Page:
"With full knowledge of T-Mobile’s use of magenta, AT&T’s subsidiary chose — out of all the colors in the spectrum — magenta to advertise, market and promote its wireless services in direct competition with T-Mobile," the formal complaint reads. "Aio does not use the orange coverage map of its parent company, but instead uses in its stores and on its website a magenta coverage map that is strikingly similar in color to the one used by T-Mobile."
A T-Mobile spokesperson later added that AT&T "has been trying to get a free ride from T-Mobile’s success . . . . We filed this lawsuit to stop them, and to protect T-Mobile’s powerful magenta trademark."
This isn't the first time T-Mobile has tried to block others from using its color. But what does T-Mobile really mean when it says "magenta"? It's only slightly more specific than saying "purple," but it's still a broad term that could capture any number of hues. In fact, a quick survey of T-Mobile's own materials online appears to show that T-Mobile has sometimes used various shades of magenta.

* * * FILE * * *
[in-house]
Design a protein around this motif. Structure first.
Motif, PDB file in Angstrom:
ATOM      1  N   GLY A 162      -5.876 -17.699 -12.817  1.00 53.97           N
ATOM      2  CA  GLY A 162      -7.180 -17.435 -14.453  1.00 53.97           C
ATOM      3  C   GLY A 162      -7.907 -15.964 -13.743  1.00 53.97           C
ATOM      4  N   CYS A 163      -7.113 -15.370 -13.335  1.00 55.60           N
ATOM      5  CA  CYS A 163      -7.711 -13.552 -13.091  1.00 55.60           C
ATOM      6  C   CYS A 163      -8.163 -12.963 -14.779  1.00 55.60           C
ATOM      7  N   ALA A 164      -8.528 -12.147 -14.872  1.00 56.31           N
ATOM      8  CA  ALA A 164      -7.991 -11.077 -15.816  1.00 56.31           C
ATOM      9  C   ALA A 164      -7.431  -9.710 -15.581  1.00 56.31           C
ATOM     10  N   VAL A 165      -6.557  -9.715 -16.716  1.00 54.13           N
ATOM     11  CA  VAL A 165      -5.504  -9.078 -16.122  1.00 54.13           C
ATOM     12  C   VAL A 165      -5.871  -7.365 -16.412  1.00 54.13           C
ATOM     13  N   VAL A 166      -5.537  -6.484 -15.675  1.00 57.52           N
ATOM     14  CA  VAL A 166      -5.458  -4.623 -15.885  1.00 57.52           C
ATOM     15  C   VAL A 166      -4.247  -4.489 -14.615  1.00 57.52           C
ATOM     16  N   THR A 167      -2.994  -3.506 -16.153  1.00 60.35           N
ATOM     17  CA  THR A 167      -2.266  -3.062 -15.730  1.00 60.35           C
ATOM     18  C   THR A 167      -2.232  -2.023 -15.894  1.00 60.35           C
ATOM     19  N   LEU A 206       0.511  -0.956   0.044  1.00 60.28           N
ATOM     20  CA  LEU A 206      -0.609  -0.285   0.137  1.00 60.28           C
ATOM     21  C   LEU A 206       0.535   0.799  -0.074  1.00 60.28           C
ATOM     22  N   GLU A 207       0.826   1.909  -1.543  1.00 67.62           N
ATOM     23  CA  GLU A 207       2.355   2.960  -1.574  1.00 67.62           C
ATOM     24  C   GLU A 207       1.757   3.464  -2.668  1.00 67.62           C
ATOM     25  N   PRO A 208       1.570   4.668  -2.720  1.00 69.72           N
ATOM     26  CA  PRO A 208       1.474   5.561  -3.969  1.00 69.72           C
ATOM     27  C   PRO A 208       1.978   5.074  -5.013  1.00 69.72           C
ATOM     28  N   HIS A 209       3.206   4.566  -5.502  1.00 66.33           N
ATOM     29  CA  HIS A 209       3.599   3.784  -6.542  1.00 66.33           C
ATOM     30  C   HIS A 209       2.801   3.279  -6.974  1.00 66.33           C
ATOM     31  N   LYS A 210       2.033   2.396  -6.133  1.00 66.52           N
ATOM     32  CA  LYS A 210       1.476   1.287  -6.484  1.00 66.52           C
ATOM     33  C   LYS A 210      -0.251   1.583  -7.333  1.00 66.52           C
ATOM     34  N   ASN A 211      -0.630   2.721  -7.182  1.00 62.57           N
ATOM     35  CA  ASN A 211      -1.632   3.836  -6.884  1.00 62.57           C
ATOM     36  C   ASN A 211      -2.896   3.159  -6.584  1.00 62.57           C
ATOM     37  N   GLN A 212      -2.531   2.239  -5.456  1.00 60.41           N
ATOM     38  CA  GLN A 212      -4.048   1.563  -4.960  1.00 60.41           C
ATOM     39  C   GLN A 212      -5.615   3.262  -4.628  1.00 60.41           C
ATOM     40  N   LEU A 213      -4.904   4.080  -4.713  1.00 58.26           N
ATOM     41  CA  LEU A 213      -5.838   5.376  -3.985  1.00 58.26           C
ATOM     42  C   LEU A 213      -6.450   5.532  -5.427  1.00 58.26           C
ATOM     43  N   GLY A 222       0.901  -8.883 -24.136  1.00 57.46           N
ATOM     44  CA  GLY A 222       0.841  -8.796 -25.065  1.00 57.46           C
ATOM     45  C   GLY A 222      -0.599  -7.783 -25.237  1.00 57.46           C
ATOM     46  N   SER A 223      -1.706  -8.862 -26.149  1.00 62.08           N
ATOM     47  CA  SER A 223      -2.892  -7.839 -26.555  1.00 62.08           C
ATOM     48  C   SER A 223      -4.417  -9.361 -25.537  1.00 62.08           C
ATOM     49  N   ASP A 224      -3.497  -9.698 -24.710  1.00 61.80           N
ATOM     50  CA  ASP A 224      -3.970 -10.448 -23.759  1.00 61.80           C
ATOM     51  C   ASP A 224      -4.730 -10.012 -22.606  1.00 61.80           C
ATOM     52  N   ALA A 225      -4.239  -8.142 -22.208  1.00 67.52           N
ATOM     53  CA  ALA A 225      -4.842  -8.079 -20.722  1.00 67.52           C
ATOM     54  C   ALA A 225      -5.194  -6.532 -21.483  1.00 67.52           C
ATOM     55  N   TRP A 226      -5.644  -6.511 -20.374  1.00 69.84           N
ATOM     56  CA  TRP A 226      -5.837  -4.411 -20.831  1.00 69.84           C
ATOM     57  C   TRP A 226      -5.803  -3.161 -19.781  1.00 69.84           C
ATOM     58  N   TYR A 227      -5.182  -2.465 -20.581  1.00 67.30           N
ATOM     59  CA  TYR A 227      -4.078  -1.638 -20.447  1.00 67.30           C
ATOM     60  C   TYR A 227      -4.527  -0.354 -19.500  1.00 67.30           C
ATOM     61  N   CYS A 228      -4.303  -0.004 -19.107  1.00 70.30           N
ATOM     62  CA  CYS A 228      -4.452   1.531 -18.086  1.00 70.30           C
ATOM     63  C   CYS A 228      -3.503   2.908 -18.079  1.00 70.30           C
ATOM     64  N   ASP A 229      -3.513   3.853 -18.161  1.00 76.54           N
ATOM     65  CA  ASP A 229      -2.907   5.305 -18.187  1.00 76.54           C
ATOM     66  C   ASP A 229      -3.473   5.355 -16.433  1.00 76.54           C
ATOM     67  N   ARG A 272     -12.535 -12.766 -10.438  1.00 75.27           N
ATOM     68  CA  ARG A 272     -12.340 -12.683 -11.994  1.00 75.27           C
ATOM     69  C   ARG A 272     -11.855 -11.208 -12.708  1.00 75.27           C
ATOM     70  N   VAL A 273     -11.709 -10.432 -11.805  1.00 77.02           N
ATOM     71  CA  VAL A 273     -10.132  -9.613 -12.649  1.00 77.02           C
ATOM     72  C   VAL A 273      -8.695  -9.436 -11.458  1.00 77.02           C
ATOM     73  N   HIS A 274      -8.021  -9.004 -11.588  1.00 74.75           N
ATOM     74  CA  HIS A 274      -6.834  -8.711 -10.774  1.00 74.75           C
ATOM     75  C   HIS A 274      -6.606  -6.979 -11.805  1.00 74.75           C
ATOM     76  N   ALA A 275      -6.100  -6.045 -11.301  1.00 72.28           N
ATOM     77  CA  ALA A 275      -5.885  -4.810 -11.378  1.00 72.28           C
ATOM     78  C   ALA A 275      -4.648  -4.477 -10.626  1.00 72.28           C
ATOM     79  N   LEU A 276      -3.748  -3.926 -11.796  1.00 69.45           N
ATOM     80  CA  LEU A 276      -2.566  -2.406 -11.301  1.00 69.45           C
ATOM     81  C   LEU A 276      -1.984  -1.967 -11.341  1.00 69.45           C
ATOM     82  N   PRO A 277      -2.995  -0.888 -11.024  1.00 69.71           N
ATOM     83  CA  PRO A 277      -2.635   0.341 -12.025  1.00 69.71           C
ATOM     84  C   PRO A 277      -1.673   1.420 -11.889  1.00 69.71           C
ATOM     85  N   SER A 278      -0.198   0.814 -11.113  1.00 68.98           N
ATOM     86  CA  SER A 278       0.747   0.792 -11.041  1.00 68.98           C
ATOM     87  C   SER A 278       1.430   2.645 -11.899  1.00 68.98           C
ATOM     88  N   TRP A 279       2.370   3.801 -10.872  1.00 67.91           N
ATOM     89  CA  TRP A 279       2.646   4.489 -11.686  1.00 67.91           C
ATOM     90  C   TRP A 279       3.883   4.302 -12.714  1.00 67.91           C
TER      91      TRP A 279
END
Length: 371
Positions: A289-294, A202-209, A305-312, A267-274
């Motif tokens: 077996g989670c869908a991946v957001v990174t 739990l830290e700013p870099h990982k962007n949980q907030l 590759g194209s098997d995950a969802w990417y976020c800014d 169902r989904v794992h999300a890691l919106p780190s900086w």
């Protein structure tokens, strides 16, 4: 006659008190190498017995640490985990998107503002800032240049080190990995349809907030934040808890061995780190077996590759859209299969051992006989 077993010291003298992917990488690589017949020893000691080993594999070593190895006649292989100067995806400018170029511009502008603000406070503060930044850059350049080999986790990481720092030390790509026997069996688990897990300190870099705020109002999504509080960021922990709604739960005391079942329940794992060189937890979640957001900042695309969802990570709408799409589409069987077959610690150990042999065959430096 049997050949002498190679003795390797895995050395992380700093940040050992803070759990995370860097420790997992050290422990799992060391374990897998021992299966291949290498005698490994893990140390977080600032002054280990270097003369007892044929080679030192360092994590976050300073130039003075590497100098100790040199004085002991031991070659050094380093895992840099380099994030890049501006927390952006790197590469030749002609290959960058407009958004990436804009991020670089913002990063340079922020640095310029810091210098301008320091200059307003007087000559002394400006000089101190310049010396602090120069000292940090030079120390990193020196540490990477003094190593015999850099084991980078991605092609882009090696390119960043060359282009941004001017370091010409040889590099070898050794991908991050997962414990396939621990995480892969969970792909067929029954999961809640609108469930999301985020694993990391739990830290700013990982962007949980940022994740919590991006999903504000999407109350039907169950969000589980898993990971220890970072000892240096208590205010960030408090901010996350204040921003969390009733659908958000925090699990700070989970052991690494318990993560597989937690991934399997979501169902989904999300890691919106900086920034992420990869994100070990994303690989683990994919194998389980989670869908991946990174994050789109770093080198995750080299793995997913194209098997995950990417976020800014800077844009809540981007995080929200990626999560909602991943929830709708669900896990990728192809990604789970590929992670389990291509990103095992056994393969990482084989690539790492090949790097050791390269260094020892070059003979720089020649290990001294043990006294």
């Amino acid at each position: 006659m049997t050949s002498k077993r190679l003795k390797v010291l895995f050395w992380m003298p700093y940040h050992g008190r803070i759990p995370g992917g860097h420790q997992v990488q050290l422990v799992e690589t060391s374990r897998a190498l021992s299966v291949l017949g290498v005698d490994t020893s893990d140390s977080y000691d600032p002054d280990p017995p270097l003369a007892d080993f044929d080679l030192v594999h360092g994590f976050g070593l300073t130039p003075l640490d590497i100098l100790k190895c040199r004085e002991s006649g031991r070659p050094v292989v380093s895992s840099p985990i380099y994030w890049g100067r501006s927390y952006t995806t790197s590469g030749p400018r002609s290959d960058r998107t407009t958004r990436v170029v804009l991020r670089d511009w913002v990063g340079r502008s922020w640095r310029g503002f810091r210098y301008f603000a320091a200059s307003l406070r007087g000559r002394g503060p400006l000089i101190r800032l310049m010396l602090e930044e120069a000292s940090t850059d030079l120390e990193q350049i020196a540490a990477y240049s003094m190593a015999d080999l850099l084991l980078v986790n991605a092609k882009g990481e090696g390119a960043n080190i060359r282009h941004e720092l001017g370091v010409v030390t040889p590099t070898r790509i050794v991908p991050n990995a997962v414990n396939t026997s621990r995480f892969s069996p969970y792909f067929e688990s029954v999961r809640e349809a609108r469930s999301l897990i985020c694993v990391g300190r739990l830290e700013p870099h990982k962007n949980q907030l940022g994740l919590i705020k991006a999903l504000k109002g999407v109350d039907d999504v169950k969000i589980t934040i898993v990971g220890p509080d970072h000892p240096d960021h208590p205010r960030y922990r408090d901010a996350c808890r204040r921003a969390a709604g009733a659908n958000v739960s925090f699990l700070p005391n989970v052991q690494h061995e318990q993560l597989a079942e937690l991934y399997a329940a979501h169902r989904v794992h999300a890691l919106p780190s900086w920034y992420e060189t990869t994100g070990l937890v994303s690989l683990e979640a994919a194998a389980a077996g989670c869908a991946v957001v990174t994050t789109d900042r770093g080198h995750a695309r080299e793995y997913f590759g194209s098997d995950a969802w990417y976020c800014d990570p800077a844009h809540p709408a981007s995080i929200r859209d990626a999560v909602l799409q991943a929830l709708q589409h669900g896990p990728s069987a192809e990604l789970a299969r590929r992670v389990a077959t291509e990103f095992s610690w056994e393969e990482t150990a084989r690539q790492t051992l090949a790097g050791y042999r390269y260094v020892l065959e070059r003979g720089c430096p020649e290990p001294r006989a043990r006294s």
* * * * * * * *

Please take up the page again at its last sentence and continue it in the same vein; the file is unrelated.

If you take various screenshots of said samples and identify the colors using Photoshop, you get different results. For example:
Now let's look at Aio's logo, grabbed from their website.
In hex, Aio's version of magenta maps to #960051.
If you really want to get technical, T-Mobile's parent company, Deutsche Telekom, owns a German trademark for shade of magenta known as RAL 4010, which translates to hex #c63678. In 2007, Deutsche Telekom registered a trademark on magenta with the U.S. Patent Office. Here's the canonical T-Mobile magenta, as expressed in the company's court filing:
Which is still not the same as Aio's color, though if Aio called its color magenta, then there'd be problems.
AT&T spokesperson Aio spokesperson, Kathy Van Buskirk, fired back in a snarky reply: "T-Mobile needs an art lesson. Aio doesn’t do magenta."